Itinerant tutors

Itinerant tutors (мандрівні дяки; mandrivni diaky). In 17th- and 18th-century Ukraine wandering graduates or older students of theological seminaries or brotherhood schools and, occasionally, clergymen without positions who supported themselves by private tutoring or short-term school teaching, and by entertaining the common people with humorous verses, comic skits, or vertep plays. The common people also called them pyvorizy (beer guzzlers). The works written by itinerant tutors include mostly burlesque poems, versified travesties, parodies, satires, humorous dialogues, vertep dramas, and lyric poetry. As a transitional stage from religious to secular literature, they occupy an important place in the development of Ukrainian literature. Relatively few works of this type—eg, the autobiography of Illia Turchynovsky, the poem about Rev Nehrebetsky, and the poem about Kyryk—and authors’ names—Illia Turchynovsky, Mykola Mazalevsky, Klymentii, Zynovii's son, and Vasyl Hryhorovych-Barsky—have come down to us.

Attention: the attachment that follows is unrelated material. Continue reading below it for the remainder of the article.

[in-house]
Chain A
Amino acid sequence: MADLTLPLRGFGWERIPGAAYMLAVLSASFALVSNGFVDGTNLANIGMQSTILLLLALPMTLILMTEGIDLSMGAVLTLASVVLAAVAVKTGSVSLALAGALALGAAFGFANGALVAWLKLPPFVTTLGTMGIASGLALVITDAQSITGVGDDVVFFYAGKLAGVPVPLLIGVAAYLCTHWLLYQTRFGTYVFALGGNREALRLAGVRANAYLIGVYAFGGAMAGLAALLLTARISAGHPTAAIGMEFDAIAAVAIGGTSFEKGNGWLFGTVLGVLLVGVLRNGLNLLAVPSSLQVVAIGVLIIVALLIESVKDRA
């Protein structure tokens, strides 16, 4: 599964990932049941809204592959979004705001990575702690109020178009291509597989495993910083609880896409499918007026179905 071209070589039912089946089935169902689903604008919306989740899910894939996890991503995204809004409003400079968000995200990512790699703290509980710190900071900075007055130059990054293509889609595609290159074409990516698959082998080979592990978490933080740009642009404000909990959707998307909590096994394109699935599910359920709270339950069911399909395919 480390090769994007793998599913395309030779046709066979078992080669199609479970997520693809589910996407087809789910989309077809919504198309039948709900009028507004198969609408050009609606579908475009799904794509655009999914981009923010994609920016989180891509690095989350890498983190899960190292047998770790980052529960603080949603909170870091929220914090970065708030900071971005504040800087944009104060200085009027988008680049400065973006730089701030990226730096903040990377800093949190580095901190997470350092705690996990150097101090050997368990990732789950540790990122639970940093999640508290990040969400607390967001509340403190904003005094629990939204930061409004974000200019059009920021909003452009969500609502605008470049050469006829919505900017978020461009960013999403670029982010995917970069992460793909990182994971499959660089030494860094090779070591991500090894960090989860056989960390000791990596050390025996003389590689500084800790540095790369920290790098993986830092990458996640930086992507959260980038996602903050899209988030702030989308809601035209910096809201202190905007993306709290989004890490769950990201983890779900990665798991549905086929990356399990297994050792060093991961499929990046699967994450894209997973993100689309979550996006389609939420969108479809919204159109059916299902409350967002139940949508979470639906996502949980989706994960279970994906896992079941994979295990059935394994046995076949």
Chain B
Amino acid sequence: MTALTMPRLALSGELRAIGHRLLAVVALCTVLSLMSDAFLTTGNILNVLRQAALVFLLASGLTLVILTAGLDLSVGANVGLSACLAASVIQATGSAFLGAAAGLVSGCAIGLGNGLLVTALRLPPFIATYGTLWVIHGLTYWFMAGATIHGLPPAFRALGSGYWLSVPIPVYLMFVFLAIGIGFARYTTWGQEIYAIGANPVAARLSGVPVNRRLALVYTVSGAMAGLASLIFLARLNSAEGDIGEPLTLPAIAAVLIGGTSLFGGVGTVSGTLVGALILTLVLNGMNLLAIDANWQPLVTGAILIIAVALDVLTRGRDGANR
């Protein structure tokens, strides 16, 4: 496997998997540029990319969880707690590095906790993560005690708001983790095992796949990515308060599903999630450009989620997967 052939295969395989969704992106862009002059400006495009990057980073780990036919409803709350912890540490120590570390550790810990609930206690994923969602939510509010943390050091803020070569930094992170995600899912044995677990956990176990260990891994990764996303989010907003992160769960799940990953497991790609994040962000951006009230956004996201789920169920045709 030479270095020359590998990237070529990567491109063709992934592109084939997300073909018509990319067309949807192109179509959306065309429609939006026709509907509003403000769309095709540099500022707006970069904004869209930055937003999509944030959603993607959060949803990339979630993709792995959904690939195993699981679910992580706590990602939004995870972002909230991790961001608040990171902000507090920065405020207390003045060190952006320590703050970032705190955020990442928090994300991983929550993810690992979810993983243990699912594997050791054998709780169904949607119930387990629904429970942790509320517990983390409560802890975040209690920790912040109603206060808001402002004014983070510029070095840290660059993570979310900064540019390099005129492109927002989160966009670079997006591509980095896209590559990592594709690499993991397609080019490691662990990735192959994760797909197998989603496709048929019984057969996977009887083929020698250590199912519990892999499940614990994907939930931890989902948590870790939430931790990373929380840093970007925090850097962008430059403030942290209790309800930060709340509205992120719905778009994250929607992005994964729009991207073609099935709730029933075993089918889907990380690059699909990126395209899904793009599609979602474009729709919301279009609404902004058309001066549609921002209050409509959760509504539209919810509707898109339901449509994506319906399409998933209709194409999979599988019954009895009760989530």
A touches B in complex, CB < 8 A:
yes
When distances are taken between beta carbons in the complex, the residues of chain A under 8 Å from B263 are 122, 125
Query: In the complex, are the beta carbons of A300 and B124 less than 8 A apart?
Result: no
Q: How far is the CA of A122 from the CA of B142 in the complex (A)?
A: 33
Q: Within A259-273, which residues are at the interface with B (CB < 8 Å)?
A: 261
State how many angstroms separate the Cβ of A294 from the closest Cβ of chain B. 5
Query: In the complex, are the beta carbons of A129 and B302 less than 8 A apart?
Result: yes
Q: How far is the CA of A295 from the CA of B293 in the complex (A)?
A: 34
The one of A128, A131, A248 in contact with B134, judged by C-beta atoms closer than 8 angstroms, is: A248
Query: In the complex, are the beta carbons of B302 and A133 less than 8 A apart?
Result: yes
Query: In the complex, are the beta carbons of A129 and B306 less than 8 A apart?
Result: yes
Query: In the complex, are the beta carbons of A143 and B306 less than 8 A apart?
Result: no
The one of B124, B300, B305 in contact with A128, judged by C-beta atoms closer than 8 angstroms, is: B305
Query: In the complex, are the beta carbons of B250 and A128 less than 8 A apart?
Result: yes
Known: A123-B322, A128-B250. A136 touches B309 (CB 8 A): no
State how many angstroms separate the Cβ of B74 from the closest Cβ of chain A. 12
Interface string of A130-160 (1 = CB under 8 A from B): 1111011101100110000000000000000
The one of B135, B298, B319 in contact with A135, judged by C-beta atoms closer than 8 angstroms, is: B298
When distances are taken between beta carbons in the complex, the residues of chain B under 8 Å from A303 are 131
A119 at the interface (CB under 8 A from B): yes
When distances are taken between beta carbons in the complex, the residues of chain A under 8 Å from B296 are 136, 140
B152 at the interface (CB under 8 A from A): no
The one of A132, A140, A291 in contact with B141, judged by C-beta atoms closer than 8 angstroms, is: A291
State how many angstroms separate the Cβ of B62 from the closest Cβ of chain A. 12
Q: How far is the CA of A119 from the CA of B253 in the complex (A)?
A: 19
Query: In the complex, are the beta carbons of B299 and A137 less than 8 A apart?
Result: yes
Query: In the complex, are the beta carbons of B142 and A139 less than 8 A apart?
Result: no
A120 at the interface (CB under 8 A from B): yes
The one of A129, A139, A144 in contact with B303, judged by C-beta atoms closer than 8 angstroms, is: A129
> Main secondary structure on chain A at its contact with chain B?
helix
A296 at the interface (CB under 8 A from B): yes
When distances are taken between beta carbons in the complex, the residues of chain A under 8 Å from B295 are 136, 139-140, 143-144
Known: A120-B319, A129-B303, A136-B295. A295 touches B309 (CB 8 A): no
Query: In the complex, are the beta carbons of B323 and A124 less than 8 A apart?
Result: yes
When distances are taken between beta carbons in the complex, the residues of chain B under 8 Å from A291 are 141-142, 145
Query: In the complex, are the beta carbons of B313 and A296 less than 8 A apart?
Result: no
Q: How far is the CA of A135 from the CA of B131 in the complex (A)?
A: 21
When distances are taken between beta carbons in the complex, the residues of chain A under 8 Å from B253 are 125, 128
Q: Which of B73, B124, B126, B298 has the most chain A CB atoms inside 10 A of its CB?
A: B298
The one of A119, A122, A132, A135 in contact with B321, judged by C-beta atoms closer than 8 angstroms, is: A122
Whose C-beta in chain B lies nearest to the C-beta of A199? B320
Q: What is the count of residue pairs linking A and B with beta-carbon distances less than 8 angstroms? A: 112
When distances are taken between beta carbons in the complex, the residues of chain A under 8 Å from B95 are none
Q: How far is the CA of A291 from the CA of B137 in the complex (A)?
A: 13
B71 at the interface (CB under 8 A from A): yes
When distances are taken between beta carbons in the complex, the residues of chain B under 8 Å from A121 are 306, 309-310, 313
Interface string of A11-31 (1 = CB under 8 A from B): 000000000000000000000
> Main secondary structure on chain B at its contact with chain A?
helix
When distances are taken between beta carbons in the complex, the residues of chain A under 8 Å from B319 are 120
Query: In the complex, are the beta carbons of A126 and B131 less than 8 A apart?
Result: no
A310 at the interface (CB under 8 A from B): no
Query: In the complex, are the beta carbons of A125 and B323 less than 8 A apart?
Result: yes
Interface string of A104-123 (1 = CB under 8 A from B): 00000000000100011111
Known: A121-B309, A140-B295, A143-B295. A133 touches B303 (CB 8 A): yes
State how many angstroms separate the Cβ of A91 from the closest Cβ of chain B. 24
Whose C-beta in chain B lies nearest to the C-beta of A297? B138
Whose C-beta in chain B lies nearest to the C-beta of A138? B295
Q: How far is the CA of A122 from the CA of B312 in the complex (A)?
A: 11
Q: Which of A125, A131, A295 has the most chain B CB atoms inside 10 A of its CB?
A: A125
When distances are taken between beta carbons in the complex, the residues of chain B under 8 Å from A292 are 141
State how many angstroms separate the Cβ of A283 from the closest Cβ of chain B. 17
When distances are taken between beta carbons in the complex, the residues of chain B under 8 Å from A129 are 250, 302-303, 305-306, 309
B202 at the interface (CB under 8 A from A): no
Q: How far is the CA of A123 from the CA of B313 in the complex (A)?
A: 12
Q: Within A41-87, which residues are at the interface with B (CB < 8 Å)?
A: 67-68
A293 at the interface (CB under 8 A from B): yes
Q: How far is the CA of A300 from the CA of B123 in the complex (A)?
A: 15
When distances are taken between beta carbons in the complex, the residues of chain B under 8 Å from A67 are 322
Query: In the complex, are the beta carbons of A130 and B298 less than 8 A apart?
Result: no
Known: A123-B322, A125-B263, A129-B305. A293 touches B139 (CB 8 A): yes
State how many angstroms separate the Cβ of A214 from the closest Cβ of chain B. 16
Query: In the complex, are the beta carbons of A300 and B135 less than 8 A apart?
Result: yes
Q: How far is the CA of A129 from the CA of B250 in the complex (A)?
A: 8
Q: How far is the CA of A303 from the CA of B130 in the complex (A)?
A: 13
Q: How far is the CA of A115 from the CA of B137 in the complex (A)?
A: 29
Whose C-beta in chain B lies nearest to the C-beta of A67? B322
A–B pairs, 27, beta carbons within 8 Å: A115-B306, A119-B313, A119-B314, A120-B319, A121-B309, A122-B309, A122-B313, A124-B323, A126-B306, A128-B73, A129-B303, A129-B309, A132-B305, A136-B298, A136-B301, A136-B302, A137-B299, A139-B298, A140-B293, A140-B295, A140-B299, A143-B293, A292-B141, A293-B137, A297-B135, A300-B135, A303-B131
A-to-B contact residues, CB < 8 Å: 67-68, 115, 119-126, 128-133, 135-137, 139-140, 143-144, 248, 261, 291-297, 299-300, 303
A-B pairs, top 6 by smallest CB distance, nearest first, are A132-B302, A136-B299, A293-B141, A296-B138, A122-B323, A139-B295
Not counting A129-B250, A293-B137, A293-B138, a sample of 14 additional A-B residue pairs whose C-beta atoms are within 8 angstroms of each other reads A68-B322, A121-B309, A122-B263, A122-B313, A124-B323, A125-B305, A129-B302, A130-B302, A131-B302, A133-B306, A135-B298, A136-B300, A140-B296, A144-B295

The itinerant tutor appears as a literary persona in the intermedes of Mytrofan Dovhalevsky, and later in the works of Nikolai Gogol, Vasilii Narezhny, Hryhorii Kvitka-Osnovianenko, and Ivan Karpenko-Kary. The language and style used by itinerant tutors influenced such writers as Ivan Nekrashevych and Ivan Kotliarevsky, as well as Kotliarevsky’s imitators in the early 19th century. The works of itinerant tutors have been studied by Ivan Franko, Mykola I. Petrov, Pavlo Zhytetsky, Petro S. Yefymenko, Oleksander Biletsky, and Pavlo Popov.

Zhytets'kyi, P. ‘Eneïda’ Kotliarevs'koho v zv’iazku z ohliadom ukraïns'koï literatury XVIII stolittia (Kyiv 1919)
Bilets'kyi, O. (ed). Khrestomatiia davn'oï ukraïns'koï literatury (Kyiv 1949)

Dmytro Chyzhevsky

[This article originally appeared in the Encyclopedia of Ukraine, vol. 2 (1988).]

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